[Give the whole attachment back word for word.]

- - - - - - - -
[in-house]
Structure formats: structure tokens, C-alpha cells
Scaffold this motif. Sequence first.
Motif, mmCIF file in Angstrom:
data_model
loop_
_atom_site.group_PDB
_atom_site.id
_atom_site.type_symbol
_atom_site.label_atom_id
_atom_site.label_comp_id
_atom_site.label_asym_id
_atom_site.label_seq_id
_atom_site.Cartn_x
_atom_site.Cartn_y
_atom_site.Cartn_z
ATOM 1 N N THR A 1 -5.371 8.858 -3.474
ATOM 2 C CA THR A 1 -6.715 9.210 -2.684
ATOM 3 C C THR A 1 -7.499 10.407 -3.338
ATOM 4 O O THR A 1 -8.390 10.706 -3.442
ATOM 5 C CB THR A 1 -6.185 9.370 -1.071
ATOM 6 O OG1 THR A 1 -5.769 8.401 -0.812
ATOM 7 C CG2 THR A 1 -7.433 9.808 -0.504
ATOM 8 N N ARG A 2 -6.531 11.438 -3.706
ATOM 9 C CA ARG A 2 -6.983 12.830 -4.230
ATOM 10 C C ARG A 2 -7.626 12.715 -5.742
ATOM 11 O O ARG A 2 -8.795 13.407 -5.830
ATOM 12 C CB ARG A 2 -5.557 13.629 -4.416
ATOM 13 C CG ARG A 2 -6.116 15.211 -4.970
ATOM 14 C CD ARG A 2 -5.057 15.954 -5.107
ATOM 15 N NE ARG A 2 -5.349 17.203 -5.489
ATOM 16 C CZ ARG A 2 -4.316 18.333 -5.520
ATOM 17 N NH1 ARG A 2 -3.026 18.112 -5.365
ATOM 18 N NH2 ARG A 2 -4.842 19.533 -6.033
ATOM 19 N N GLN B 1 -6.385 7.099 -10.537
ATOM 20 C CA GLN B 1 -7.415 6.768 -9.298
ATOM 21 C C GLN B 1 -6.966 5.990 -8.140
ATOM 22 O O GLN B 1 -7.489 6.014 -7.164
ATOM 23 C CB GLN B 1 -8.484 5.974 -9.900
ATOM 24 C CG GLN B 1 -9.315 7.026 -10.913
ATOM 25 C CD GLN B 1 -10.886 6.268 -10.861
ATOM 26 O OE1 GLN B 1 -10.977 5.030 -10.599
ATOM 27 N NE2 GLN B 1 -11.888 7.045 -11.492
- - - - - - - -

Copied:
[in-house]
Structure formats: structure tokens, C-alpha cells
Scaffold this motif. Sequence first.
Motif, mmCIF file in Angstrom:
data_model
loop_
_atom_site.group_PDB
_atom_site.id
_atom_site.type_symbol
_atom_site.label_atom_id
_atom_site.label_comp_id
_atom_site.label_asym_id
_atom_site.label_seq_id
_atom_site.Cartn_x
_atom_site.Cartn_y
_atom_site.Cartn_z
ATOM 1 N N THR A 1 -5.371 8.858 -3.474
ATOM 2 C CA THR A 1 -6.715 9.210 -2.684
ATOM 3 C C THR A 1 -7.499 10.407 -3.338
ATOM 4 O O THR A 1 -8.390 10.706 -3.442
ATOM 5 C CB THR A 1 -6.185 9.370 -1.071
ATOM 6 O OG1 THR A 1 -5.769 8.401 -0.812
ATOM 7 C CG2 THR A 1 -7.433 9.808 -0.504
ATOM 8 N N ARG A 2 -6.531 11.438 -3.706
ATOM 9 C CA ARG A 2 -6.983 12.830 -4.230
ATOM 10 C C ARG A 2 -7.626 12.715 -5.742
ATOM 11 O O ARG A 2 -8.795 13.407 -5.830
ATOM 12 C CB ARG A 2 -5.557 13.629 -4.416
ATOM 13 C CG ARG A 2 -6.116 15.211 -4.970
ATOM 14 C CD ARG A 2 -5.057 15.954 -5.107
ATOM 15 N NE ARG A 2 -5.349 17.203 -5.489
ATOM 16 C CZ ARG A 2 -4.316 18.333 -5.520
ATOM 17 N NH1 ARG A 2 -3.026 18.112 -5.365
ATOM 18 N NH2 ARG A 2 -4.842 19.533 -6.033
ATOM 19 N N GLN B 1 -6.385 7.099 -10.537
ATOM 20 C CA GLN B 1 -7.415 6.768 -9.298
ATOM 21 C C GLN B 1 -6.966 5.990 -8.140
ATOM 22 O O GLN B 1 -7.489 6.014 -7.164
ATOM 23 C CB GLN B 1 -8.484 5.974 -9.900
ATOM 24 C CG GLN B 1 -9.315 7.026 -10.913
ATOM 25 C CD GLN B 1 -10.886 6.268 -10.861
ATOM 26 O OE1 GLN B 1 -10.977 5.030 -10.599
ATOM 27 N NE2 GLN B 1 -11.888 7.045 -11.492